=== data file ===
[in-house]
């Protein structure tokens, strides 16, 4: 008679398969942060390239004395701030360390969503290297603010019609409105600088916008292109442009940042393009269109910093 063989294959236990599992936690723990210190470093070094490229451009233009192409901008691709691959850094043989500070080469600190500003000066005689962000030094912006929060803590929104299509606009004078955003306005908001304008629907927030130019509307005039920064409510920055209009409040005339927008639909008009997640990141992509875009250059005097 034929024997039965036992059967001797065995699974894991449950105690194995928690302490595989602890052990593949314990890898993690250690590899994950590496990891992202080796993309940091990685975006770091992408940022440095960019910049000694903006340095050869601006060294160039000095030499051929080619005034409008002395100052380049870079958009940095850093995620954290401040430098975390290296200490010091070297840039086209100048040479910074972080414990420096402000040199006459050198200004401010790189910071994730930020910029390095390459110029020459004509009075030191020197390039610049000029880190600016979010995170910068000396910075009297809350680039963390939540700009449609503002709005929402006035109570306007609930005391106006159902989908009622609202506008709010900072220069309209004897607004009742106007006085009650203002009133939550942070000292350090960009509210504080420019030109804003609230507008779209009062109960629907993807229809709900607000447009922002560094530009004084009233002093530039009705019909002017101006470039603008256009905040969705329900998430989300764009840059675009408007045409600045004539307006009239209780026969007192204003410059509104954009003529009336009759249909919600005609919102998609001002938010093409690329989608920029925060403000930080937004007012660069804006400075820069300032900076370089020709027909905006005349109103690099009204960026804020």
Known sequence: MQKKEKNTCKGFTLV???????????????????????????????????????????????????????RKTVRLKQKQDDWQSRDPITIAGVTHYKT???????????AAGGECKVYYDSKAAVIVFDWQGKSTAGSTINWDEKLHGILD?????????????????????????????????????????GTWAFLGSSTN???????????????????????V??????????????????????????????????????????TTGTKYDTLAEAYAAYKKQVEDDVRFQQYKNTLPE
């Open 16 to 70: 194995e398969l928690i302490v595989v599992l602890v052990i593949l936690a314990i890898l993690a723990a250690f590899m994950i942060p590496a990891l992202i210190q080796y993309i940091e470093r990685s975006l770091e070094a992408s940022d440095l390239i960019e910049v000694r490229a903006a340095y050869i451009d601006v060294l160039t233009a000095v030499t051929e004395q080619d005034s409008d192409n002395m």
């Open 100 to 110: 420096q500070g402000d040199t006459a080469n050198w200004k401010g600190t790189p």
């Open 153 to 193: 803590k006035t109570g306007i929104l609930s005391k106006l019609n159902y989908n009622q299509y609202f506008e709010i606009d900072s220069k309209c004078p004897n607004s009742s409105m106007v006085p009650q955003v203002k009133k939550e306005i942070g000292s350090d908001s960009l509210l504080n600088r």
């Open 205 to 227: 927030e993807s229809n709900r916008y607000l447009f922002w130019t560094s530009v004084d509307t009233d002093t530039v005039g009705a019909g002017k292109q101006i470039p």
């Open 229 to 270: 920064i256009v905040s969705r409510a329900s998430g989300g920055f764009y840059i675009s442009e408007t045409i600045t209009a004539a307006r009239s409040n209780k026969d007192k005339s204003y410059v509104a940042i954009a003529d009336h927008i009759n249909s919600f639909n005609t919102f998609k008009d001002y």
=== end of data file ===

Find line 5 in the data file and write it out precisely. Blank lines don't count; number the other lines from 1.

């Open 100 to 110: 420096q500070g402000d040199t006459a080469n050198w200004k401010g600190t790189p």